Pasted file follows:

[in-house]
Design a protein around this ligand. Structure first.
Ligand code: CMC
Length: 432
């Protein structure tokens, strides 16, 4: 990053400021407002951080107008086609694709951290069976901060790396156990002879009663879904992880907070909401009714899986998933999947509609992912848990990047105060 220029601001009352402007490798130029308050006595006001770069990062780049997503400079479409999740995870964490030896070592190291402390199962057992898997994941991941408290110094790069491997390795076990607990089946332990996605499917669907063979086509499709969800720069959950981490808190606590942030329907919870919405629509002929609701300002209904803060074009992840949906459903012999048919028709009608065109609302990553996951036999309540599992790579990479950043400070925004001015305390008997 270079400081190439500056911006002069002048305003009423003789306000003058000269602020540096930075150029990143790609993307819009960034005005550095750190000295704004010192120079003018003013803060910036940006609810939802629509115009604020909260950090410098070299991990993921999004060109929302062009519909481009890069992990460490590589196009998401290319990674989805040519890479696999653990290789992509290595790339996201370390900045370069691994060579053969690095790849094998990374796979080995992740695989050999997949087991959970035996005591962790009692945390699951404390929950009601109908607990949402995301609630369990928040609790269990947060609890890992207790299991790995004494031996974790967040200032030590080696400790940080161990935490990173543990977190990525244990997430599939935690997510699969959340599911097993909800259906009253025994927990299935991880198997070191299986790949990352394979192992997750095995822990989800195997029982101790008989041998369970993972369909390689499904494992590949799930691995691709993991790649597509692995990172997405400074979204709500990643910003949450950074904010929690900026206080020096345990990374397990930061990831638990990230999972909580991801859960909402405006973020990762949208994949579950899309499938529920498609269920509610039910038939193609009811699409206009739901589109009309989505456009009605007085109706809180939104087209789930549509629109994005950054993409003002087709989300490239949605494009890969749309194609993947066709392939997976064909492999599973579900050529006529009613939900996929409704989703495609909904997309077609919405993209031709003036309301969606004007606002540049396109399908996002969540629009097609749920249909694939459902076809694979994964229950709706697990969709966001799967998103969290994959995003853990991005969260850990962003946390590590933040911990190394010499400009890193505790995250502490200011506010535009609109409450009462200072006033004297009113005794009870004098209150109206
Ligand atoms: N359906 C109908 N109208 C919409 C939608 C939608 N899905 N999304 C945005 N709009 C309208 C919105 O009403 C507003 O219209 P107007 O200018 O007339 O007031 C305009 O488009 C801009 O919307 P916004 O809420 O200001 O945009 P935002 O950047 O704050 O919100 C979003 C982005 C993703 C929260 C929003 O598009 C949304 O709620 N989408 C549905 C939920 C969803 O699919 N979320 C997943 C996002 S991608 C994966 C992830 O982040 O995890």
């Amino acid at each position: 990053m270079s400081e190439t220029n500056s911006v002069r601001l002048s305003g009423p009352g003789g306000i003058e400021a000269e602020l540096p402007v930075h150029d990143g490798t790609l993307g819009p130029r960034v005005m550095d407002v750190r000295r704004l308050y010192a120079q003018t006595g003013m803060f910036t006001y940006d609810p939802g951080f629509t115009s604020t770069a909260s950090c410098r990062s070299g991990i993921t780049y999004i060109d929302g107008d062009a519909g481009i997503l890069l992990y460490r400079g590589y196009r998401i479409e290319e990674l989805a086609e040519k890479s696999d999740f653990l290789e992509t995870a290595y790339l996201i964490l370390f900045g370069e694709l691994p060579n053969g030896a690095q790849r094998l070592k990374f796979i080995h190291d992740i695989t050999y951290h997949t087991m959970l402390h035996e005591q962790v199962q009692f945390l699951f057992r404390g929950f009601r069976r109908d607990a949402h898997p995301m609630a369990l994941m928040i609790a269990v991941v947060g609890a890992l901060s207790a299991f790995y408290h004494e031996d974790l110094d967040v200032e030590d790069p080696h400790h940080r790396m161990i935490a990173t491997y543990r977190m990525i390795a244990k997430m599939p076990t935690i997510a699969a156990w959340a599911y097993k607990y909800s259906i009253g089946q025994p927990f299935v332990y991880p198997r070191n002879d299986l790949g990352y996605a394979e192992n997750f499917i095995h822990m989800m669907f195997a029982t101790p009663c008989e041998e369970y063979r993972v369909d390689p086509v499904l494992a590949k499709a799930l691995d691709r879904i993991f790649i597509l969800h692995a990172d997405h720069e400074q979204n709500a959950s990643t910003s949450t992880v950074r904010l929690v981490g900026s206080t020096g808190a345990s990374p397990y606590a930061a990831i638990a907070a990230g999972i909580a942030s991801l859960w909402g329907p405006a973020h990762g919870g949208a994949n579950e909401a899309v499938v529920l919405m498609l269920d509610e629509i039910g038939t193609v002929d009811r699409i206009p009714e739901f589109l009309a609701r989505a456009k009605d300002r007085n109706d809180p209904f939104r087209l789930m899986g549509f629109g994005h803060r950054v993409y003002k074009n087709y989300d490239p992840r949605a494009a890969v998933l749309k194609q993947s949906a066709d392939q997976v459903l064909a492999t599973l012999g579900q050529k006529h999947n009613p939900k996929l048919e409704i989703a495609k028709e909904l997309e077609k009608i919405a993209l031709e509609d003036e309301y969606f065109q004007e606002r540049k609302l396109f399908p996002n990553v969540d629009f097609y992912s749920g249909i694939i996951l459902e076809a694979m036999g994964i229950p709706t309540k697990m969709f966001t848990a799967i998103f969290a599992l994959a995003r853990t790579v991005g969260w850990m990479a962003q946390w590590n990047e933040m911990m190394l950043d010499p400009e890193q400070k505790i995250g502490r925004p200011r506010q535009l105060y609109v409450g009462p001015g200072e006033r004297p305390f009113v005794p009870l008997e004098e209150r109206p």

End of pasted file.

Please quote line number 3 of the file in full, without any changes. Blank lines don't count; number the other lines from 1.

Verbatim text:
Ligand code: CMC